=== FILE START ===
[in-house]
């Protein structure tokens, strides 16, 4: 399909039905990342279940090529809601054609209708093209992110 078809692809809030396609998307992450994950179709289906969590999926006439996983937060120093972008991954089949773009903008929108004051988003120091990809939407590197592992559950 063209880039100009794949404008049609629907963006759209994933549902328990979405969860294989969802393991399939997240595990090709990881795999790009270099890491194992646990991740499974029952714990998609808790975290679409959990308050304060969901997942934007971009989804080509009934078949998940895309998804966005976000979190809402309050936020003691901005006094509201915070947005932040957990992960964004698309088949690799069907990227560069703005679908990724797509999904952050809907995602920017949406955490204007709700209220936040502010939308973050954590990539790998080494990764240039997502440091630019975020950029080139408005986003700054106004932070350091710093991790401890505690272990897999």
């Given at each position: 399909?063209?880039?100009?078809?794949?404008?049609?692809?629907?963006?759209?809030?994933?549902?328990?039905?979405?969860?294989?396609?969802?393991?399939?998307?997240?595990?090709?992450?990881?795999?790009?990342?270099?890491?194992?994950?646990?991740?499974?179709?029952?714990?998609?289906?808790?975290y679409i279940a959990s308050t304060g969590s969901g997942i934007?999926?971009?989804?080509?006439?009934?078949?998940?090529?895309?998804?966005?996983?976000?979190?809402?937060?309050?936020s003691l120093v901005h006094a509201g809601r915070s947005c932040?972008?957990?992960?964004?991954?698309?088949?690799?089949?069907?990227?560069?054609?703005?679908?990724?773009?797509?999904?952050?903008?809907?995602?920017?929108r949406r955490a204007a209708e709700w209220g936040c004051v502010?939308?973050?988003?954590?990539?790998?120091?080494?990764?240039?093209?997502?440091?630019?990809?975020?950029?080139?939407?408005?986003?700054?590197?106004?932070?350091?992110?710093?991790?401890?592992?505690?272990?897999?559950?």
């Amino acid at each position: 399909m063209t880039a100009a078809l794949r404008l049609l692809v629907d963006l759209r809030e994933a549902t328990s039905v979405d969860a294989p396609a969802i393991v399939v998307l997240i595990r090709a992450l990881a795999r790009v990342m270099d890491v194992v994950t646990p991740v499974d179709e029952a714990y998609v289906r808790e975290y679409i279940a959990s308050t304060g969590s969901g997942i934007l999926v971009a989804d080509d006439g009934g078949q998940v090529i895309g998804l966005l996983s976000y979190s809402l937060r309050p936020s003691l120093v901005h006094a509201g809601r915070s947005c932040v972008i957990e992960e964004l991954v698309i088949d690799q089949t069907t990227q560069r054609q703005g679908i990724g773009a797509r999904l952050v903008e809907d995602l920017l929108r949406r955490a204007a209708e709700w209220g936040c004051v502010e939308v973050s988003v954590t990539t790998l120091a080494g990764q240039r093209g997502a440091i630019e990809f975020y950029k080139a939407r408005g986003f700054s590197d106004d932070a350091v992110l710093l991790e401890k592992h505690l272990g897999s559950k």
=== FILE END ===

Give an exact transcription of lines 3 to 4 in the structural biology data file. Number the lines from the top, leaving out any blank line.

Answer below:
């Given at each position: 399909?063209?880039?100009?078809?794949?404008?049609?692809?629907?963006?759209?809030?994933?549902?328990?039905?979405?969860?294989?396609?969802?393991?399939?998307?997240?595990?090709?992450?990881?795999?790009?990342?270099?890491?194992?994950?646990?991740?499974?179709?029952?714990?998609?289906?808790?975290y679409i279940a959990s308050t304060g969590s969901g997942i934007?999926?971009?989804?080509?006439?009934?078949?998940?090529?895309?998804?966005?996983?976000?979190?809402?937060?309050?936020s003691l120093v901005h006094a509201g809601r915070s947005c932040?972008?957990?992960?964004?991954?698309?088949?690799?089949?069907?990227?560069?054609?703005?679908?990724?773009?797509?999904?952050?903008?809907?995602?920017?929108r949406r955490a204007a209708e709700w209220g936040c004051v502010?939308?973050?988003?954590?990539?790998?120091?080494?990764?240039?093209?997502?440091?630019?990809?975020?950029?080139?939407?408005?986003?700054?590197?106004?932070?350091?992110?710093?991790?401890?592992?505690?272990?897999?559950?």
């Amino acid at each position: 399909m063209t880039a100009a078809l794949r404008l049609l692809v629907d963006l759209r809030e994933a549902t328990s039905v979405d969860a294989p396609a969802i393991v399939v998307l997240i595990r090709a992450l990881a795999r790009v990342m270099d890491v194992v994950t646990p991740v499974d179709e029952a714990y998609v289906r808790e975290y679409i279940a959990s308050t304060g969590s969901g997942i934007l999926v971009a989804d080509d006439g009934g078949q998940v090529i895309g998804l966005l996983s976000y979190s809402l937060r309050p936020s003691l120093v901005h006094a509201g809601r915070s947005c932040v972008i957990e992960e964004l991954v698309i088949d690799q089949t069907t990227q560069r054609q703005g679908i990724g773009a797509r999904l952050v903008e809907d995602l920017l929108r949406r955490a204007a209708e709700w209220g936040c004051v502010e939308v973050s988003v954590t990539t790998l120091a080494g990764q240039r093209g997502a440091i630019e990809f975020y950029k080139a939407r408005g986003f700054s590197d106004d932070a350091v992110l710093l991790e401890k592992h505690l272990g897999s559950k």